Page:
When I was in college, I was totally obsessed with learning how to pick out what was offensive about pretty much everything — and then loudly critiquing anyone who said something even slightly racist or sexist.

It was just the natural collegiate progression of my know-it-all personality. When I was in second grade, I used to correct my teachers when they flubbed their grammar. And when I was in college, I would correct guys at parties when they used “problematic” words or committed “microaggressions.”

And did it make any of them less racist or sexist? Fuck no! It just made me a shitty party guest. I wasn’t fighting the good fight. I was just being annoying.

It’s not that there’s something inherently wrong with being woke af — it’s just that if you use it as a tool for proving your superiority or putting other people in their place, you might as well not do it at all. Plus, some of the nicest, most kind-hearted people use offensive language or tell “bad” jokes. It doesn’t always mean they’re a racist or sexist piece of shit. Give people the benefit of the doubt and judge them by their actions, not the fact that they’re using last year’s word for transgender.

The thing that cured me of this women’s-studies-know-it-all-itis was, several years later, realizing that no matter what, everyone’s a little racist and sexist — myself included. And yeah, you can fixate on the way that manifests itself through offensive language and jokes if you want. But it’s probably a better use of your time to actually get mad about about things that matter, instead of things that offend people because they tangentially relate to things that matter.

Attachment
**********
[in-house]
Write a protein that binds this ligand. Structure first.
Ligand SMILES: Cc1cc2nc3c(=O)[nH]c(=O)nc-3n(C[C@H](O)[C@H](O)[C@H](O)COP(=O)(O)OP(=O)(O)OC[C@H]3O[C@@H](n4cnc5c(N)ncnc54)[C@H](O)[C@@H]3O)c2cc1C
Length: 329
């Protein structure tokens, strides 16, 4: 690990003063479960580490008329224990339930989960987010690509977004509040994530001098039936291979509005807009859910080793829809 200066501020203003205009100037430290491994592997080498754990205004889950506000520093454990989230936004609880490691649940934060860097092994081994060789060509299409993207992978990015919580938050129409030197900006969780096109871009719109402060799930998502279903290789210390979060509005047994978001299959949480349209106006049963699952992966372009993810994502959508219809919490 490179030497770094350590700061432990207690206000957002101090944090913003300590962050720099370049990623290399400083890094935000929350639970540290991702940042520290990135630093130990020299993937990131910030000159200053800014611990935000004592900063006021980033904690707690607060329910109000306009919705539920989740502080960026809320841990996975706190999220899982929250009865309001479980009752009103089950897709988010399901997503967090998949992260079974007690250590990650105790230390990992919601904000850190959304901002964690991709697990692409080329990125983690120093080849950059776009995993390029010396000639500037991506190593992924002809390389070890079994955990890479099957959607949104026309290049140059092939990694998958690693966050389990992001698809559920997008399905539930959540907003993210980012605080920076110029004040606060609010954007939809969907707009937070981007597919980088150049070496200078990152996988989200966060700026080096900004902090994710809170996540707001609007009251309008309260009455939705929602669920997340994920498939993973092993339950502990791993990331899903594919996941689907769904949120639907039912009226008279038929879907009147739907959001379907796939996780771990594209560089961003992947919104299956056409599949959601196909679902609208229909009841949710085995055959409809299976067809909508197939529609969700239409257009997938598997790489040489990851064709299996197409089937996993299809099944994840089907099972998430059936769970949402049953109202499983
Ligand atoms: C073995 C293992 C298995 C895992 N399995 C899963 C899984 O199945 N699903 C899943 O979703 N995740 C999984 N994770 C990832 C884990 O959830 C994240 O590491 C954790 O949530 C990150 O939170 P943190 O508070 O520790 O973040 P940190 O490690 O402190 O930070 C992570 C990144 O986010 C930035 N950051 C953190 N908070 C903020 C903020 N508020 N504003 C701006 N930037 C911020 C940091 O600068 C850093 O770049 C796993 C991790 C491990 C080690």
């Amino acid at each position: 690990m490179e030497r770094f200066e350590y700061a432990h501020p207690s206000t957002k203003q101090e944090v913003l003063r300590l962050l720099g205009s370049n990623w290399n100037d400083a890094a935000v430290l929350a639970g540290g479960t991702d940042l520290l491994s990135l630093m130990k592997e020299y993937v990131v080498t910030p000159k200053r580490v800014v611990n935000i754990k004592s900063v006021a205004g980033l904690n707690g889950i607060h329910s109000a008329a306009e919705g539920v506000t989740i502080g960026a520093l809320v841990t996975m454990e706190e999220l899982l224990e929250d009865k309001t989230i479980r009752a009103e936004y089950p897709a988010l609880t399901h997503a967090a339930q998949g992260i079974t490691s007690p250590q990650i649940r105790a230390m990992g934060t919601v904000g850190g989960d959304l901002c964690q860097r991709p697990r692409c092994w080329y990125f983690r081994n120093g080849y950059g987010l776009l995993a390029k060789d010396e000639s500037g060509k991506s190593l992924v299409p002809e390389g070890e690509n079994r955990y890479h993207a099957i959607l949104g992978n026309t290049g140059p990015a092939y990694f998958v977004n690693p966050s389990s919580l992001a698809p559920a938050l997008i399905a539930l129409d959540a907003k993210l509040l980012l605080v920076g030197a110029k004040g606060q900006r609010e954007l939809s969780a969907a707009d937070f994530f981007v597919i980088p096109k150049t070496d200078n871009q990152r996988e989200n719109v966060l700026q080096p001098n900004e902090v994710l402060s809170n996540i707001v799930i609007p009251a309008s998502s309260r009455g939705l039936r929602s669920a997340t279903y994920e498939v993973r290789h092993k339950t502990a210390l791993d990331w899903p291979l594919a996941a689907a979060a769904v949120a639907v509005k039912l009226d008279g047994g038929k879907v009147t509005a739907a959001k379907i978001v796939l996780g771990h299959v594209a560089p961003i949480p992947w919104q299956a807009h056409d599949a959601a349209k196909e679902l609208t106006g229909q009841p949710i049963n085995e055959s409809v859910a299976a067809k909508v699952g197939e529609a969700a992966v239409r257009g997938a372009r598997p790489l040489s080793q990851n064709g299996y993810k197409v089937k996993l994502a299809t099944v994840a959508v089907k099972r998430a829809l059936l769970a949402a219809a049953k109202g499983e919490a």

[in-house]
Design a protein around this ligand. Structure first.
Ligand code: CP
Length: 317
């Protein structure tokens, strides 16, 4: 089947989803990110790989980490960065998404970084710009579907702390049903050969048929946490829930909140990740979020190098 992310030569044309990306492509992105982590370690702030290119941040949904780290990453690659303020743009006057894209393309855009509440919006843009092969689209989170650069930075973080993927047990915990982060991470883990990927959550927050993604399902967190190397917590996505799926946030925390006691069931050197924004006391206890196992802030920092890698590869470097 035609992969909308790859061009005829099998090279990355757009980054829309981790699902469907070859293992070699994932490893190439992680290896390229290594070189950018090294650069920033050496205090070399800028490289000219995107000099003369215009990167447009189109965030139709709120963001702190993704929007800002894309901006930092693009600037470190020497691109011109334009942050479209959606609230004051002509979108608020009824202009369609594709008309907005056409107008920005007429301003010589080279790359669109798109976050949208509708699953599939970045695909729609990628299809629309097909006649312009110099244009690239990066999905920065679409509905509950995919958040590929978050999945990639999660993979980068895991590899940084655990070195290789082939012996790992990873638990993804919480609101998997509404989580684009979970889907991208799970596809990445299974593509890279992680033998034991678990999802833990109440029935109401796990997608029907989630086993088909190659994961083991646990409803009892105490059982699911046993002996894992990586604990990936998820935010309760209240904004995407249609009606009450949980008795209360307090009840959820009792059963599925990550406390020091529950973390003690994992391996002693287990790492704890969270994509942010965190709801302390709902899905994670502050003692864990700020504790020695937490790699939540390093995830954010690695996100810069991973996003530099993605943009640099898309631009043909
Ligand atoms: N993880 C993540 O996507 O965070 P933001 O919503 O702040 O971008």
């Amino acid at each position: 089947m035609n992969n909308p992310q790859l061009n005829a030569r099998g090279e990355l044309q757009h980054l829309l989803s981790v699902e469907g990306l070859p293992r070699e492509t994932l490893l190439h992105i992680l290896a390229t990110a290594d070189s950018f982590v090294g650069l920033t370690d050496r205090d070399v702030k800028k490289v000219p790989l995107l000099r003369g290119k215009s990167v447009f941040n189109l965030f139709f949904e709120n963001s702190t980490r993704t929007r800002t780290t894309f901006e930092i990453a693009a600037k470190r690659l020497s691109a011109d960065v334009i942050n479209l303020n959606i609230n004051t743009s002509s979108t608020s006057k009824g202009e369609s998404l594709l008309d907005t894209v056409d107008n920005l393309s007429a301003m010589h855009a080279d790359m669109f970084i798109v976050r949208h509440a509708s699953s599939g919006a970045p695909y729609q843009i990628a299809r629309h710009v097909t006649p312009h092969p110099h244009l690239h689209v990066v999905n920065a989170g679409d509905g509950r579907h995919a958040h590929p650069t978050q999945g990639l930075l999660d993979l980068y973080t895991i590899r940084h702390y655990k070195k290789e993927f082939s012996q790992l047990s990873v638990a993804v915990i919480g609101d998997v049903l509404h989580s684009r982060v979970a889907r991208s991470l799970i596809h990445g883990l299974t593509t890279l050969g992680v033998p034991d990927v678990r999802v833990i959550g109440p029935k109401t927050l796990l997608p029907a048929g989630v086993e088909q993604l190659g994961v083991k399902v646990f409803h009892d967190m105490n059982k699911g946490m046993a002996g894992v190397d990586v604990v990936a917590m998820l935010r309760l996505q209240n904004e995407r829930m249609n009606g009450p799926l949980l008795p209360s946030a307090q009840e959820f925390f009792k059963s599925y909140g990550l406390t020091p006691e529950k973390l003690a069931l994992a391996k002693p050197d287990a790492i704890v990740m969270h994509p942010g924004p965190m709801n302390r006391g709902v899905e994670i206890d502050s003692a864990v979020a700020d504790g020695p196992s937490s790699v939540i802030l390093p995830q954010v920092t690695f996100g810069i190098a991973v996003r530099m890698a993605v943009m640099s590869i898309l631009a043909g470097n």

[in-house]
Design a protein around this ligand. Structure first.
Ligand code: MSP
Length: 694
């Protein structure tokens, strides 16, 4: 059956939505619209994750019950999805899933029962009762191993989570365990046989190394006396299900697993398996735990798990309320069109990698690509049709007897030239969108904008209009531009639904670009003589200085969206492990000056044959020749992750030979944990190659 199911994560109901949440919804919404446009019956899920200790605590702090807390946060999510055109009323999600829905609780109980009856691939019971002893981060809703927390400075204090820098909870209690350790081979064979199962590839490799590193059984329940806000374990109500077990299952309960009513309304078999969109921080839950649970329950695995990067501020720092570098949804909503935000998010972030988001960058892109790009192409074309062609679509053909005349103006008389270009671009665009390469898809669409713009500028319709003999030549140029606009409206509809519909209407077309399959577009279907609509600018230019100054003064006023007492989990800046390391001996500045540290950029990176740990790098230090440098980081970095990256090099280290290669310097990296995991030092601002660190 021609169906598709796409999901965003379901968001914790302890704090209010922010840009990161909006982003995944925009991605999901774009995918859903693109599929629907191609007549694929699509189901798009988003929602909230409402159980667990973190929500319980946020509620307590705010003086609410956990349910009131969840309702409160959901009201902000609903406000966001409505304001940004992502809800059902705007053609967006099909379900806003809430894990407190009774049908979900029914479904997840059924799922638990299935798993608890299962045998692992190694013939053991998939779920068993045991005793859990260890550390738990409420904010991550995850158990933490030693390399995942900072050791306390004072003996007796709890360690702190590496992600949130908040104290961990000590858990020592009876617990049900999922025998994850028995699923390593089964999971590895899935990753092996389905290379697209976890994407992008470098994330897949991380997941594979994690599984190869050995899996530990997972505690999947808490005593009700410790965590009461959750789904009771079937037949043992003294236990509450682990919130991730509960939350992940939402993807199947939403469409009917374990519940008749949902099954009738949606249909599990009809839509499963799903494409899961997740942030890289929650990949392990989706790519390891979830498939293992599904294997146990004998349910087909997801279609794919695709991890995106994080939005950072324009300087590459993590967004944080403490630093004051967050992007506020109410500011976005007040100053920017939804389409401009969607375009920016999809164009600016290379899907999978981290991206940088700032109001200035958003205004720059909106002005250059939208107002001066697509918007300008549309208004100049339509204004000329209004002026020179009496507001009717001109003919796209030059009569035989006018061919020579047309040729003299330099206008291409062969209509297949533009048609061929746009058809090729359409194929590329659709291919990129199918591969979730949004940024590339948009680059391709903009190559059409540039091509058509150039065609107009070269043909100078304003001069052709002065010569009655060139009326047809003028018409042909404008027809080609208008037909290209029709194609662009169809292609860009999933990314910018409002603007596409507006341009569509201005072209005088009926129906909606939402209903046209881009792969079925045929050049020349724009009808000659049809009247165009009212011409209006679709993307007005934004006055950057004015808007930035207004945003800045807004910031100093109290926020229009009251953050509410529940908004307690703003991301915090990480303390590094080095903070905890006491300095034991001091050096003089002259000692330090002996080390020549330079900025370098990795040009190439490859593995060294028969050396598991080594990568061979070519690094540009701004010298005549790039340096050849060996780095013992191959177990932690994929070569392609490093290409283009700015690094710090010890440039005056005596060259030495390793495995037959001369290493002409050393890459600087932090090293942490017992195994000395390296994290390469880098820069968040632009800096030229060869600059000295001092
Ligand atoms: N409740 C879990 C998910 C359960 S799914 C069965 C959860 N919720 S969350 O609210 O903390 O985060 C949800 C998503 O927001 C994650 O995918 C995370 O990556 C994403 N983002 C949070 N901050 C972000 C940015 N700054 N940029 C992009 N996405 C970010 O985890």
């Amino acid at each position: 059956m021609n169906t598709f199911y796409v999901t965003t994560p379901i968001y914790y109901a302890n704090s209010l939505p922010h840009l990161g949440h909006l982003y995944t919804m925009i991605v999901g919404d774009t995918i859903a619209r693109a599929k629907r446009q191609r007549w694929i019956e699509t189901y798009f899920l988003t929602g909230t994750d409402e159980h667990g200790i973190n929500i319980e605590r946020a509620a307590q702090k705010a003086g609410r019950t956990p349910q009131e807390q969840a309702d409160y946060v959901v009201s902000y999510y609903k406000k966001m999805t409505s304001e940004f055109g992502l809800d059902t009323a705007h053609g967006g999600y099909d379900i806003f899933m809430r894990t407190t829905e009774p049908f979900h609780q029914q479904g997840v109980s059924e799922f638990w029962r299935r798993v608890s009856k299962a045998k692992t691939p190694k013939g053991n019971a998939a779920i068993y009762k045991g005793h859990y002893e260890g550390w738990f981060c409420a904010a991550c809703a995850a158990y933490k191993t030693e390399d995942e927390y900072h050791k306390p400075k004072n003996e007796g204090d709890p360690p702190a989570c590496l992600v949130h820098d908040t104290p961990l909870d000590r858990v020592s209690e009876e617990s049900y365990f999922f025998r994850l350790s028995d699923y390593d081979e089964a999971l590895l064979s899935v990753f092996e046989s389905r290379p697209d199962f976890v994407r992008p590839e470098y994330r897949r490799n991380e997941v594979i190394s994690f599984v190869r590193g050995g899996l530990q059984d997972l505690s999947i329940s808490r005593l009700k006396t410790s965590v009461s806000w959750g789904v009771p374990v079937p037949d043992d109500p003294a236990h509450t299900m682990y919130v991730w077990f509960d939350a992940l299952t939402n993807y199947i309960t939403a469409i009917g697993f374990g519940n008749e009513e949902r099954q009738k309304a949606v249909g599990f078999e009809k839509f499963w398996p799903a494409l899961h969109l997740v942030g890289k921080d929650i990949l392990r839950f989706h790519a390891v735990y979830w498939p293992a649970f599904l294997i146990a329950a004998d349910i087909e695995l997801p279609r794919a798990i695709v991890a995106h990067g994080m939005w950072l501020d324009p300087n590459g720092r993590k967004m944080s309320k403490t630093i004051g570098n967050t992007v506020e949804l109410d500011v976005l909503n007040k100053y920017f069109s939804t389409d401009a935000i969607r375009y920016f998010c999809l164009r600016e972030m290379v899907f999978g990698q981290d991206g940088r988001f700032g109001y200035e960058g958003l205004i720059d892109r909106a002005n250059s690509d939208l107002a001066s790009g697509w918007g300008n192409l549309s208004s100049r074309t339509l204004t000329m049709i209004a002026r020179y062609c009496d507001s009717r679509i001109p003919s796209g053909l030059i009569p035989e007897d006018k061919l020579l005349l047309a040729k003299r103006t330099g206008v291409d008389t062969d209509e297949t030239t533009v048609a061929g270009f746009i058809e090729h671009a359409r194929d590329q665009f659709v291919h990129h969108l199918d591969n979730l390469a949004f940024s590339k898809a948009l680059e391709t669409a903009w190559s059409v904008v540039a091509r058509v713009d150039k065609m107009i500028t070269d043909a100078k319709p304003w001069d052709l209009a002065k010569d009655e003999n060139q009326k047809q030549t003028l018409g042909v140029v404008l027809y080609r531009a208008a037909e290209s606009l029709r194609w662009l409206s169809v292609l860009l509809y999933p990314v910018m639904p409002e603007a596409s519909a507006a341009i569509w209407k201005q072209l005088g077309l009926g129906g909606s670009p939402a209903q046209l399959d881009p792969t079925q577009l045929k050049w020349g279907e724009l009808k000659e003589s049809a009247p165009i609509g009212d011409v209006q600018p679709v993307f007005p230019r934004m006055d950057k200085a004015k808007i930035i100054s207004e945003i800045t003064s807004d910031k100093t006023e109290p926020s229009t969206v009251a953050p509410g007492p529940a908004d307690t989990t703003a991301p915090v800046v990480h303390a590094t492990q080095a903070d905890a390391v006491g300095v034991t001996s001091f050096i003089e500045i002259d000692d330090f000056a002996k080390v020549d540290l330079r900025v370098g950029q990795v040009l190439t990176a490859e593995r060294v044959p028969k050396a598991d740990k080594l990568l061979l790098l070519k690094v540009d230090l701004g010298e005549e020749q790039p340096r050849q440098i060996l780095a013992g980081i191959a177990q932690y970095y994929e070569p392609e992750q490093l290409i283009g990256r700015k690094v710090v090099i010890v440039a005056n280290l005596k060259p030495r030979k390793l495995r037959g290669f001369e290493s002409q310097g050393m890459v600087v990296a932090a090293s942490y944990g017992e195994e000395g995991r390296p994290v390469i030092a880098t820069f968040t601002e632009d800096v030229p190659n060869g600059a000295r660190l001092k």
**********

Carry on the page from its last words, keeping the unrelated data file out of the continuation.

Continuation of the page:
The reason why people get mad about offensive jokes is because it’s easier to yell at someone about a joke than it is to fix the actual structural problems in our society that actually cause sexism and racism to continue. Just keep that in mind next time you’re tempted to whip out your woke-ness for no good reason.

5. I thought I couldn’t start working until after college.

Me in college, blogging for my mom and 4 friends to read.

I always knew I wanted to be a writer, since I was three. Yes, three, I’m not kidding. But for some reason, I decided to not actually try and get published in a meaningful way until after I left college. WHAT WAS I THINKING?!

Yes, I had a personal blog where I dissected Lady Gaga videos and ranted about the best breakup songs. But why wasn’t I hustling and emailing publications like Galore, begging them to run my stuff instead of tossing it up on my piddly little blog that only my mom read?

Part of this problem was that my parents had instilled in me that I should never do any work for free. This is a nice idea, but in the internet age, you can’t get published without experience and you can’t get experience without already having been published. And I was writing anyway, why not just give it to someone who will help me get a real career out of it?

My point is, whatever kind of work you want to do, find a way to do it in your free time that will help you get to the next level. I was writing in my free time anyway because that’s just what I do. And instead of making it work for me by collecting bylines in real publications — many of which were just starting to build an online presence at that point and would have gladly taken free writing from a college student — I just posted it on my own WordPress, like a fart in the wind. Unbelievable.